"Having kids really helps you integrate into the culture," says Jenni Johnson about her 3-year-old son Nate and her 4-year-old son Noah. "It’s like a magnet for integrating with Chinese people." Johnson and her husband TJ, both from South Arkansas in the US, admitted that at first they had some things to get over – they even considered going back home – but now the couple are in their element in Beijing. "I thought the crotchless pants thing was a joke. Then I found out it was true. I thought, ‘My son slides down the same slide that that kid does.’ Great." Now, the Johnsons are delighted that their children have the chance to play with kids of all different cultures, and feel that their perseverance has rewardedtheir family with a fantastic international experience.
kids and culture shock "The biggest cultural adjustment our kids faced was the attention," says Strother. "China is great for kids who like attention all the time, but can be misery for kids who want to be left alone." Children will most likely experience less culture shock than their parents – they may be annoyed by something new or miss something old, but they are generally more adaptable. "Parental attitudes towards culture are the biggest predictors of how much culture shock the younger kids will experience," stressed Strother. Experts encourage parents to maintain an open and decidedly positive dialogue with their children about their new environs.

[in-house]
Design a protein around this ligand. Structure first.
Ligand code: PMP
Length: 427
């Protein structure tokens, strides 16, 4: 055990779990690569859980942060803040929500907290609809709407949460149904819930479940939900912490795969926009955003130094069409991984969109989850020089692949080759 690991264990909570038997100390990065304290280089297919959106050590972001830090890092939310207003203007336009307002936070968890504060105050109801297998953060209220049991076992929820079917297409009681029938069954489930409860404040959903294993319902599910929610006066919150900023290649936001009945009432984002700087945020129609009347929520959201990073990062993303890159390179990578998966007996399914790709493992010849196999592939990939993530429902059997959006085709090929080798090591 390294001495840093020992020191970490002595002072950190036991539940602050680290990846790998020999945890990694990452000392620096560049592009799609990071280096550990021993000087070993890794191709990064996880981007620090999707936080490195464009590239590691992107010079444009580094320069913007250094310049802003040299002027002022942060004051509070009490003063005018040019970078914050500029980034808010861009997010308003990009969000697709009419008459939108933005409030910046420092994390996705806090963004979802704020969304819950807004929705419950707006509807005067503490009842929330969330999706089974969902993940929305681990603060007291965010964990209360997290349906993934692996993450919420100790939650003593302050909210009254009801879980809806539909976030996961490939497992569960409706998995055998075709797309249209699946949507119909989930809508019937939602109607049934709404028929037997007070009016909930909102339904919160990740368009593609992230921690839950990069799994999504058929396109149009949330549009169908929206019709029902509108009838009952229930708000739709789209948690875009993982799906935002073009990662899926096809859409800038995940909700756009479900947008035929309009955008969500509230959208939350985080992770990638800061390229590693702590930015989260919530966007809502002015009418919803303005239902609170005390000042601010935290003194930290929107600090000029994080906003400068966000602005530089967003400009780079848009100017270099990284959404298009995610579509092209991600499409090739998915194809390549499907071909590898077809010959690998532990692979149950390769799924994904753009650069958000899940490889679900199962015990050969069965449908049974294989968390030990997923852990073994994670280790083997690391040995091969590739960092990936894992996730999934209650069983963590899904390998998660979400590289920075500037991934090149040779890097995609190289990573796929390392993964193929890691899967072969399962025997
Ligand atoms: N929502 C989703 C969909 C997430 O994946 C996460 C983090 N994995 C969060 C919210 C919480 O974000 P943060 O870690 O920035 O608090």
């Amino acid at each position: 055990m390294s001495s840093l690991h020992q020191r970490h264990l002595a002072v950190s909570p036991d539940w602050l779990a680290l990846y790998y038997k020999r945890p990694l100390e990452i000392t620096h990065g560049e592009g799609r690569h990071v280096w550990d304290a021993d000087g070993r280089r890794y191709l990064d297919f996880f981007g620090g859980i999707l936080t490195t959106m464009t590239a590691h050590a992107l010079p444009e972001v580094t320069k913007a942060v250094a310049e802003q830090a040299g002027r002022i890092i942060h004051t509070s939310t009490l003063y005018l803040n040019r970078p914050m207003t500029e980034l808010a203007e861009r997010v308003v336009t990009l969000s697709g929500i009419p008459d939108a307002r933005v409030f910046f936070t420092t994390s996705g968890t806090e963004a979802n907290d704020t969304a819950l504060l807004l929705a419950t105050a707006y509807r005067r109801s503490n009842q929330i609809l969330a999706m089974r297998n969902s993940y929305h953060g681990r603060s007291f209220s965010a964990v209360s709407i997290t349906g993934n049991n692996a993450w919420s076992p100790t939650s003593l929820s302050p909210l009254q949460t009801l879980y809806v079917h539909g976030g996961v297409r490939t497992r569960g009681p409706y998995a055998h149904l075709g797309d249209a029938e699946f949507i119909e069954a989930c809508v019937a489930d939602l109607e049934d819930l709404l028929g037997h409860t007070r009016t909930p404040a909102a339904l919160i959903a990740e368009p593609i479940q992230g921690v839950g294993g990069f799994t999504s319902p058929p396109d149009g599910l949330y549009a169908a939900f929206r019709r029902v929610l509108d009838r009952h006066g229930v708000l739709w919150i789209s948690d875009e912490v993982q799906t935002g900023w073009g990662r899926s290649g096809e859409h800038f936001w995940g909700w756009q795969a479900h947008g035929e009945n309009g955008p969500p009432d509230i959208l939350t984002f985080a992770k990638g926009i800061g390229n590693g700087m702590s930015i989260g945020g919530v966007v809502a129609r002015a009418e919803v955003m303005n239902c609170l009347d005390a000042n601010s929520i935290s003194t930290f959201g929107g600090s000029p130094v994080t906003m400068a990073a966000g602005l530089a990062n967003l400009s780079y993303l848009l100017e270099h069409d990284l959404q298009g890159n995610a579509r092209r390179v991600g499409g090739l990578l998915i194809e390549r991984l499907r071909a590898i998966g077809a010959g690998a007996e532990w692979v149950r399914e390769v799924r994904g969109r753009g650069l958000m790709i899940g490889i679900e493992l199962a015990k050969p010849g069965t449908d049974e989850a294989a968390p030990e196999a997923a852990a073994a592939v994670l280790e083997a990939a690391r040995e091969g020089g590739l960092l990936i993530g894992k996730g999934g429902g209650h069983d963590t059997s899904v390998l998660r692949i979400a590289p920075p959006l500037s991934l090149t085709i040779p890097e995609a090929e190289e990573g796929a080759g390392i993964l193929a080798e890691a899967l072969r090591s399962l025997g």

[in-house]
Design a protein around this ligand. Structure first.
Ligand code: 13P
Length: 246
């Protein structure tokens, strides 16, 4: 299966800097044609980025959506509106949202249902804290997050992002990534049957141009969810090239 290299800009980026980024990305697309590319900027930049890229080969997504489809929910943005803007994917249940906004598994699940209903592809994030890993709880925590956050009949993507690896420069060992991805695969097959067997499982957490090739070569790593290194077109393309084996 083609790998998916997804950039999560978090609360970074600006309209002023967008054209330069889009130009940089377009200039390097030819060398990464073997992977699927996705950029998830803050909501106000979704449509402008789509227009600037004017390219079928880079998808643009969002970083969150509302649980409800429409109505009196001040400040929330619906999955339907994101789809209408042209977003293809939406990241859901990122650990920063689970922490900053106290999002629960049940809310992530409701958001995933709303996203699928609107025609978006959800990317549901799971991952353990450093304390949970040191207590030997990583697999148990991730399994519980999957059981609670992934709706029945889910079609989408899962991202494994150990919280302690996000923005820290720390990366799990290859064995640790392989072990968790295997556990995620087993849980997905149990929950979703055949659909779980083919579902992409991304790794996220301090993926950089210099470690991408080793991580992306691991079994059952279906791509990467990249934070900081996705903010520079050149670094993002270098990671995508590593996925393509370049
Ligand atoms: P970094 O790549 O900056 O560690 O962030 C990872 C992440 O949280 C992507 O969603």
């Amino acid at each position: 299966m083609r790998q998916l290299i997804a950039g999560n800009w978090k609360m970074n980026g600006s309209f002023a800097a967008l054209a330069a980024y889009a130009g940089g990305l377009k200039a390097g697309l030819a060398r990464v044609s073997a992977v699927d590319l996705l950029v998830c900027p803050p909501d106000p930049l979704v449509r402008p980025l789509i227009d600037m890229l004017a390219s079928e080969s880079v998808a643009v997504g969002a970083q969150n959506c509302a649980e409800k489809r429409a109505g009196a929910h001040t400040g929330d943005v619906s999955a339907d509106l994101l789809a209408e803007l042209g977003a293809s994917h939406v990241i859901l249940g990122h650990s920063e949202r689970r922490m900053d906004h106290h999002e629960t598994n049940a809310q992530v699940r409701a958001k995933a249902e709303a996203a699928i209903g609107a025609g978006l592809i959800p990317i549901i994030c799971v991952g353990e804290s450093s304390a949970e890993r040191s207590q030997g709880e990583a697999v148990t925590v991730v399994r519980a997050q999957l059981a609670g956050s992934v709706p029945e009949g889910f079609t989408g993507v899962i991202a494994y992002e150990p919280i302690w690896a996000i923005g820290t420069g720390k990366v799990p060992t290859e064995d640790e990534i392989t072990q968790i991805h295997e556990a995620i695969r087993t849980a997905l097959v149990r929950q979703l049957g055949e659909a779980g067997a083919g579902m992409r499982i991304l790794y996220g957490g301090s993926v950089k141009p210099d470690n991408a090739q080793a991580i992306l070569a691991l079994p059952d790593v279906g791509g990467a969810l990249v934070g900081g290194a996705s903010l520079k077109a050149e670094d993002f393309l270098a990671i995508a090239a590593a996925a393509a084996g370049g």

overcoming the shock Bad toilets, persistent spitting and sticky sidewalks might be annoying, but it’s important not to fixate on the things you can’t change. The telltale signs of culture shock include excessive concern over cleanliness, irritability, and stereotyping of host nationals. All of these behaviors only serve to reinforce the divide between you and the locals. What follows is a rejection by – and a rejection of – the new culture.
Another sign of culture shock is a sense of helplessness, which may stem from feeling a loss of purpose. When we move, we may have to give up a stable identity and this can create anxiety. It’s important to find new activities to replace the ones we left at home. Try your best to not oversleep – this is one of the most common forms of withdrawal.